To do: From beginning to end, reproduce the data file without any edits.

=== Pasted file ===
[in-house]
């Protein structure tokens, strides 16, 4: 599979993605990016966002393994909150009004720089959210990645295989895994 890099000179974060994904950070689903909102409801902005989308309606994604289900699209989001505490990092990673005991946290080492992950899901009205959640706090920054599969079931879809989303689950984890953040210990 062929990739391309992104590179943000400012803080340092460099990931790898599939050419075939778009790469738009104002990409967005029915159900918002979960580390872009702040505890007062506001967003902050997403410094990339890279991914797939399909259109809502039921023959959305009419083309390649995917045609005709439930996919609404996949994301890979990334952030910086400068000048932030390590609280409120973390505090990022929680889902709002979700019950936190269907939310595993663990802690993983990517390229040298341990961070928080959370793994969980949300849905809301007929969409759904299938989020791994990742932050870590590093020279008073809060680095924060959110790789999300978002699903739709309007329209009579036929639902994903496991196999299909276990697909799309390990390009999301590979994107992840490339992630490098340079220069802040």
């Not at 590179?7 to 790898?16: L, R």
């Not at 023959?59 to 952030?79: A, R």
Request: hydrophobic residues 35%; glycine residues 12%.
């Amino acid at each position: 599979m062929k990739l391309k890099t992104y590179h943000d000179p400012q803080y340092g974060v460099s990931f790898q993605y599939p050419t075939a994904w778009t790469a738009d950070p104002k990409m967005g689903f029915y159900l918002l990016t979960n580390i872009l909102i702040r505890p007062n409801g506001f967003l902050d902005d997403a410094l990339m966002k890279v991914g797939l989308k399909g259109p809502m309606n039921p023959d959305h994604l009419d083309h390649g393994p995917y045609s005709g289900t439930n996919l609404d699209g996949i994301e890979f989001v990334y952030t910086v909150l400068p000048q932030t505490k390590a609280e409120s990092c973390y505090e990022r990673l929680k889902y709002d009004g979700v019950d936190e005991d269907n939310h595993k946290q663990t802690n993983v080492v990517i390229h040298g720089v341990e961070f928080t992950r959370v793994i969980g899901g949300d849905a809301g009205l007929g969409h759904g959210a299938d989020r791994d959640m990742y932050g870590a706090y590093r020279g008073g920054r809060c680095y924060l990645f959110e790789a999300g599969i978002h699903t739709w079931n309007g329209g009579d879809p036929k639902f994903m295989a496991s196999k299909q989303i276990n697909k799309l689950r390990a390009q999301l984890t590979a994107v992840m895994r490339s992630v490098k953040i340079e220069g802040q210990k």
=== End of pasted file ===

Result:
[in-house]
């Protein structure tokens, strides 16, 4: 599979993605990016966002393994909150009004720089959210990645295989895994 890099000179974060994904950070689903909102409801902005989308309606994604289900699209989001505490990092990673005991946290080492992950899901009205959640706090920054599969079931879809989303689950984890953040210990 062929990739391309992104590179943000400012803080340092460099990931790898599939050419075939778009790469738009104002990409967005029915159900918002979960580390872009702040505890007062506001967003902050997403410094990339890279991914797939399909259109809502039921023959959305009419083309390649995917045609005709439930996919609404996949994301890979990334952030910086400068000048932030390590609280409120973390505090990022929680889902709002979700019950936190269907939310595993663990802690993983990517390229040298341990961070928080959370793994969980949300849905809301007929969409759904299938989020791994990742932050870590590093020279008073809060680095924060959110790789999300978002699903739709309007329209009579036929639902994903496991196999299909276990697909799309390990390009999301590979994107992840490339992630490098340079220069802040």
């Not at 590179?7 to 790898?16: L, R």
């Not at 023959?59 to 952030?79: A, R």
Request: hydrophobic residues 35%; glycine residues 12%.
């Amino acid at each position: 599979m062929k990739l391309k890099t992104y590179h943000d000179p400012q803080y340092g974060v460099s990931f790898q993605y599939p050419t075939a994904w778009t790469a738009d950070p104002k990409m967005g689903f029915y159900l918002l990016t979960n580390i872009l909102i702040r505890p007062n409801g506001f967003l902050d902005d997403a410094l990339m966002k890279v991914g797939l989308k399909g259109p809502m309606n039921p023959d959305h994604l009419d083309h390649g393994p995917y045609s005709g289900t439930n996919l609404d699209g996949i994301e890979f989001v990334y952030t910086v909150l400068p000048q932030t505490k390590a609280e409120s990092c973390y505090e990022r990673l929680k889902y709002d009004g979700v019950d936190e005991d269907n939310h595993k946290q663990t802690n993983v080492v990517i390229h040298g720089v341990e961070f928080t992950r959370v793994i969980g899901g949300d849905a809301g009205l007929g969409h759904g959210a299938d989020r791994d959640m990742y932050g870590a706090y590093r020279g008073g920054r809060c680095y924060l990645f959110e790789a999300g599969i978002h699903t739709w079931n309007g329209g009579d879809p036929k639902f994903m295989a496991s196999k299909q989303i276990n697909k799309l689950r390990a390009q999301l984890t590979a994107v992840m895994r490339s992630v490098k953040i340079e220069g802040q210990k």